The company is a broad term, having varied structures, restrictions, rules and liabilities. It can be public limited, private limited, nidhi company, one person company etc. Among all, one person company is the most unheard of. Comparatively, it is a newer concept in India, but more common in other countries.
It requires minimum two members or shareholders to incorporate. The restriction on a maximum number of shareholders is 200. The shareholders can be persons or companies, including foreign companies. They are further categorised as Private Limited Company – Limited by Shares and Private Limited Company – Limited by guarantee.
It is mainly a sole proprietorship, having advantages of limited liability and corporatization. It opportune individual entrepreneurs, since OPC can be formed with just one Director and one member.
Private Limited Company and One Person Company are closely similar to each other, in terms of their structure, minimum member requirement, suffix mandates etc.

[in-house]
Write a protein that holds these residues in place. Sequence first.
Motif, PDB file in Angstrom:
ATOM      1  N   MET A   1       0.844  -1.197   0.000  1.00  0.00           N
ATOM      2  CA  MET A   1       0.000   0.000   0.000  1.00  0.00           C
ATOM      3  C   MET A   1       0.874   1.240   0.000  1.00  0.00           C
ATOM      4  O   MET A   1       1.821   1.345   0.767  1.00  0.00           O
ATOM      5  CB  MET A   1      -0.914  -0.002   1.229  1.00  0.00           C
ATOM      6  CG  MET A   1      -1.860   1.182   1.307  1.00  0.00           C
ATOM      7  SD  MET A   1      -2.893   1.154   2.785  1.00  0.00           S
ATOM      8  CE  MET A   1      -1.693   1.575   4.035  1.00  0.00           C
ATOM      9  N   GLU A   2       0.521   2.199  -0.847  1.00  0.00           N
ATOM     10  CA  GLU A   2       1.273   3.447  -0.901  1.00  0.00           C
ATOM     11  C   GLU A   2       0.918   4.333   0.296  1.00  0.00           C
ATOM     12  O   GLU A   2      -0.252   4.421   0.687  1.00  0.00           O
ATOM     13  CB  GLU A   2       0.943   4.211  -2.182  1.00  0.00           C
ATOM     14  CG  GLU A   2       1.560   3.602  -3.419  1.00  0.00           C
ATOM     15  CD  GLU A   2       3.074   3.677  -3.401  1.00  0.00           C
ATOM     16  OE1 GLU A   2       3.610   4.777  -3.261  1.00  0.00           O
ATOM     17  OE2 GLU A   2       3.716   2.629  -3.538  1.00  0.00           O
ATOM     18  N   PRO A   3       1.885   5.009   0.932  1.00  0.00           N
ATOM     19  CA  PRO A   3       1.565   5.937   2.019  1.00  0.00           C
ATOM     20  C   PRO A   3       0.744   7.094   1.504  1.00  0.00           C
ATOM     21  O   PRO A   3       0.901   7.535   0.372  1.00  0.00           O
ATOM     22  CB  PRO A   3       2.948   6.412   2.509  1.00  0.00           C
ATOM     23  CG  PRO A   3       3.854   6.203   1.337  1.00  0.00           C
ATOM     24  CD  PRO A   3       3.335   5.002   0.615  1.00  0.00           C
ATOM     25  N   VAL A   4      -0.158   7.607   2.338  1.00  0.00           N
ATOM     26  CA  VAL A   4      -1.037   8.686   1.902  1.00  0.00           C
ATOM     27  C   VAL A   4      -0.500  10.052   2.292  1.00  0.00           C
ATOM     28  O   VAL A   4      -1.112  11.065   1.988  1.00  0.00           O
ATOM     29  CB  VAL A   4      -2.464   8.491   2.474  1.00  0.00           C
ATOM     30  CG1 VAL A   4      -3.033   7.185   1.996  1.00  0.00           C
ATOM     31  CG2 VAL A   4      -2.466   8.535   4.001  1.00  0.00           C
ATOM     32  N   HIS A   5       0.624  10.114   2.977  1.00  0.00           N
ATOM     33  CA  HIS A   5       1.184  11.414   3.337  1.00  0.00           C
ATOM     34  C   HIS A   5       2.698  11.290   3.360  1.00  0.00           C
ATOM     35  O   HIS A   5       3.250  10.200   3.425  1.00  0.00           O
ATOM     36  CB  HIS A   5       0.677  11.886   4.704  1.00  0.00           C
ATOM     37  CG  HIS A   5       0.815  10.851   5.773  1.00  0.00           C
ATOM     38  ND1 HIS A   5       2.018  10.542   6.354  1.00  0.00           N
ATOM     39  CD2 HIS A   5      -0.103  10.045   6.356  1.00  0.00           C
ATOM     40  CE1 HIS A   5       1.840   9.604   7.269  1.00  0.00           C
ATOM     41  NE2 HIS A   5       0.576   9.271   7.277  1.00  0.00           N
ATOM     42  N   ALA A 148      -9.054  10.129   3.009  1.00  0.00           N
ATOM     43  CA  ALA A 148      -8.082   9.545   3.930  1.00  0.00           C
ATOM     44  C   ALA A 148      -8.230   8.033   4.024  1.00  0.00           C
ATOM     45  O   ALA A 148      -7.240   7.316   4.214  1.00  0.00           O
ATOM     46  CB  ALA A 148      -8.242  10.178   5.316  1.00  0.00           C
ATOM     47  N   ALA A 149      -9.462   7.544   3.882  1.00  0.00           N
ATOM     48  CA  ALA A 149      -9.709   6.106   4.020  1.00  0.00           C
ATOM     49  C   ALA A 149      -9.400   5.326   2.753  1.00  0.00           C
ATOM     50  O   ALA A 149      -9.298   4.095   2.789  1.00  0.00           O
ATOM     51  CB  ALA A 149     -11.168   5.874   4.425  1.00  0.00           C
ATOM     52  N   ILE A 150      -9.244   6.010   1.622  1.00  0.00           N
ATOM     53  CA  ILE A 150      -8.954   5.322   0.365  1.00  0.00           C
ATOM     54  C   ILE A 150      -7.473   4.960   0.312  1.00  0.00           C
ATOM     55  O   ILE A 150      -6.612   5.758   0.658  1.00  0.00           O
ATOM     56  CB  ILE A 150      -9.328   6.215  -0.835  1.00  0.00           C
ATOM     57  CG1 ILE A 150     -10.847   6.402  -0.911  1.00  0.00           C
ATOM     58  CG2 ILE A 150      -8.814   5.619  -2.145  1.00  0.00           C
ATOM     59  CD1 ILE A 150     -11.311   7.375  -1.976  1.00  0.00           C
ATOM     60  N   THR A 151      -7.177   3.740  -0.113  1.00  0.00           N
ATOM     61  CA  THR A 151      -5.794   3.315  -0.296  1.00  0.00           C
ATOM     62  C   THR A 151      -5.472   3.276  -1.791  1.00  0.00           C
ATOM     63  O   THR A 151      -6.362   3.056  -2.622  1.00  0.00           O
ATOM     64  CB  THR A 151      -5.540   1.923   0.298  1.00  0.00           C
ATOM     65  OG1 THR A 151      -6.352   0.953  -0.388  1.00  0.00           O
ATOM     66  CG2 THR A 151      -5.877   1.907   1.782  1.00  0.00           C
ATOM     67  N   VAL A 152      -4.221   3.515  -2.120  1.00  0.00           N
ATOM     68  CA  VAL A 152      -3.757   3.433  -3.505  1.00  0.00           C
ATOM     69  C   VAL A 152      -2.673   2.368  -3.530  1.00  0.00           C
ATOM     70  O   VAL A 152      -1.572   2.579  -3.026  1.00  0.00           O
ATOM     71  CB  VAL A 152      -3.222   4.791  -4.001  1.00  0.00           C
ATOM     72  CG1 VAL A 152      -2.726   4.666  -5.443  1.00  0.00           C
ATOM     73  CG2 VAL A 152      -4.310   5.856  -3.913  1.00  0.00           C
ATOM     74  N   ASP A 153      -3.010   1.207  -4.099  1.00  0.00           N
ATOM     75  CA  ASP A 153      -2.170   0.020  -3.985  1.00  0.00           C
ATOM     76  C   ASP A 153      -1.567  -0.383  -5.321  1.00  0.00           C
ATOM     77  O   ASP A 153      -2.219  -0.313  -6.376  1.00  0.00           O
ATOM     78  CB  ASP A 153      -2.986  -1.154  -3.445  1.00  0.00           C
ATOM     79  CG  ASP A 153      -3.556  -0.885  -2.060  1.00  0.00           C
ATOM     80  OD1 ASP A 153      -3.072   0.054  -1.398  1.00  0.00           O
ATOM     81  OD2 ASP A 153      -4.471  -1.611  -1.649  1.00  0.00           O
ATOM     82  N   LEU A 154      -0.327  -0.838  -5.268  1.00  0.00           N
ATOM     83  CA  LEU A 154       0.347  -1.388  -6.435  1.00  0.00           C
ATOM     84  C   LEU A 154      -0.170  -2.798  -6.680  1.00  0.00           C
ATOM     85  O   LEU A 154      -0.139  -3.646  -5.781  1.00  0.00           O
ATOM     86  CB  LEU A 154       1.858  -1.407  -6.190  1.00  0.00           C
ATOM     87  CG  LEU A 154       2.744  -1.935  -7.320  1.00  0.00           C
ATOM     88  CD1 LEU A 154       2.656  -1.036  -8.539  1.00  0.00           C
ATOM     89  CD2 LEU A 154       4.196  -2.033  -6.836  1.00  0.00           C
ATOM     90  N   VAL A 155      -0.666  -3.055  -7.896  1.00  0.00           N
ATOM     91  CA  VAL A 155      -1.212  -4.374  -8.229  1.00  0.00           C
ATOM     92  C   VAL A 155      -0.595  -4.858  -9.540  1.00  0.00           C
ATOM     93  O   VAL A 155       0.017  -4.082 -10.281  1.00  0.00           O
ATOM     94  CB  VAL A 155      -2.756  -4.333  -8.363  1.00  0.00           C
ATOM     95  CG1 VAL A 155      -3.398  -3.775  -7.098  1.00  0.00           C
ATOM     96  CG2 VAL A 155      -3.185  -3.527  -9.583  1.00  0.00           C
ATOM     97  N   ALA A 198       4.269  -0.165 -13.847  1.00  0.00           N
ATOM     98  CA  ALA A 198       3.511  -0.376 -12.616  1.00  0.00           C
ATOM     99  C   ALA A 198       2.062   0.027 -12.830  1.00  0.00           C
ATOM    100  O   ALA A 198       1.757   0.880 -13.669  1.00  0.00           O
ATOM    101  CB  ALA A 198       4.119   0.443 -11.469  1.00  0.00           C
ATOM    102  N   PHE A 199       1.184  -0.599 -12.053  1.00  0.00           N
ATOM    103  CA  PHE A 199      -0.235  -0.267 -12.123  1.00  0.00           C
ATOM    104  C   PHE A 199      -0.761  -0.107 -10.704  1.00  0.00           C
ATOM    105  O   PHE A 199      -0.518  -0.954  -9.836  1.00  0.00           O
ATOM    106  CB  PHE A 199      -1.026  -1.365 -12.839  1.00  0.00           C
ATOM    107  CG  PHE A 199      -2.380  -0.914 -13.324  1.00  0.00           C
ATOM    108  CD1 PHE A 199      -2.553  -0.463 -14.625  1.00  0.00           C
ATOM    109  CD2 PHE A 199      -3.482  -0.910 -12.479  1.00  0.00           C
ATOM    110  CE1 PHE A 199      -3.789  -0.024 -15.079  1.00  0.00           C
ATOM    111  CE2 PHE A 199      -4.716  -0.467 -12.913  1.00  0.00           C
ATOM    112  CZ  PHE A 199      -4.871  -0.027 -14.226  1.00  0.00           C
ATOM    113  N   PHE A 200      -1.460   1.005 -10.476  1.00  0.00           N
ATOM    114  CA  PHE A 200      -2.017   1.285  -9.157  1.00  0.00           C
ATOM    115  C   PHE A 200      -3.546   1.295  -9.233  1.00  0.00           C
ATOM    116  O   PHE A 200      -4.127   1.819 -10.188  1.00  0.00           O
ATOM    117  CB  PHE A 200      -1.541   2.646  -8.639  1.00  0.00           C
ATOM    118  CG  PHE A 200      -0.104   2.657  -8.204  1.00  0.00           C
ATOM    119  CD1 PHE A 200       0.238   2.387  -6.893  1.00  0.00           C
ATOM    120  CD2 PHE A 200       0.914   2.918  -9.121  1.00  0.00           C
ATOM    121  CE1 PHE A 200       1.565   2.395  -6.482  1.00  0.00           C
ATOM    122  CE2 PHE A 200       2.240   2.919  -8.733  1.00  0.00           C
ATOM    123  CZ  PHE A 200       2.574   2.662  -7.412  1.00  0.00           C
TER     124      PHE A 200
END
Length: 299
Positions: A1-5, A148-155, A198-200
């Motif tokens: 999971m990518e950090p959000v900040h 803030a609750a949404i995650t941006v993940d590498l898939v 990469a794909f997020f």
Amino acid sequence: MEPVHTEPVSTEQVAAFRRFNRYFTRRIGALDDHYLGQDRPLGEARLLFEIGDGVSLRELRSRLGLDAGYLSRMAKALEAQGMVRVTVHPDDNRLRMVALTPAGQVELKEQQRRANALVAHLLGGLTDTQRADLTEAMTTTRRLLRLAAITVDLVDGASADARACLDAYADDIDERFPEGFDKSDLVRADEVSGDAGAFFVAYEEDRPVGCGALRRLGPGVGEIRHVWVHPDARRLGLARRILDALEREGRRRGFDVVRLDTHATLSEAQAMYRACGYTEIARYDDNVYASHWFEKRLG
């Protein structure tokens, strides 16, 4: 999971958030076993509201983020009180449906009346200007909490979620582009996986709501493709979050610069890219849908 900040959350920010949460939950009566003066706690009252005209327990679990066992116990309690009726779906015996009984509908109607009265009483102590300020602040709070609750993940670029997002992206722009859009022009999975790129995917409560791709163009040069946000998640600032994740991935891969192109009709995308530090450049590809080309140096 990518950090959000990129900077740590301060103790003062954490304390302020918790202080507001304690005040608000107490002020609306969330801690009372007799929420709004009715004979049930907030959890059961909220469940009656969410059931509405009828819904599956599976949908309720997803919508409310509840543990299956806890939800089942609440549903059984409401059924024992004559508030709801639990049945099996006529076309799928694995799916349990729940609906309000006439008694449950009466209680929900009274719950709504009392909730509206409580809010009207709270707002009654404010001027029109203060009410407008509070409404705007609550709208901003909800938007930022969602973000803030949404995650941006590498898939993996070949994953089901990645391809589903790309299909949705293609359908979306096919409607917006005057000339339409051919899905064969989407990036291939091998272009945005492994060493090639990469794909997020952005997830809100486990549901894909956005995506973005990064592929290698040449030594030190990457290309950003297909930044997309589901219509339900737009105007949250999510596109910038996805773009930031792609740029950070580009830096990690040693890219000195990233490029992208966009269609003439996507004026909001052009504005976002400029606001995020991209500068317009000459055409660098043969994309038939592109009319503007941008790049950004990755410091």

Both are governed by the Companies Act 2013.
Both need to be registered under the Ministry of Corporate Affairs. In other words, ‘Certificate of Incorporation’ is a mandate to start a business.
Both types of companies are separate legal entities. The individual owners, shareholders or members are not liable to pay debts or losses of the business through personal assets.
Taxation rules on income generated from the business are same, as per the rates defined in the provisions of the Income Tax Act.
An auditor is obligatory to be appointed within 30 days from the date of incorporation. This condition is irrespective of share capital or turnover of the company.
Having a base understanding of both the forms, here’s a detailed list of differences between the two: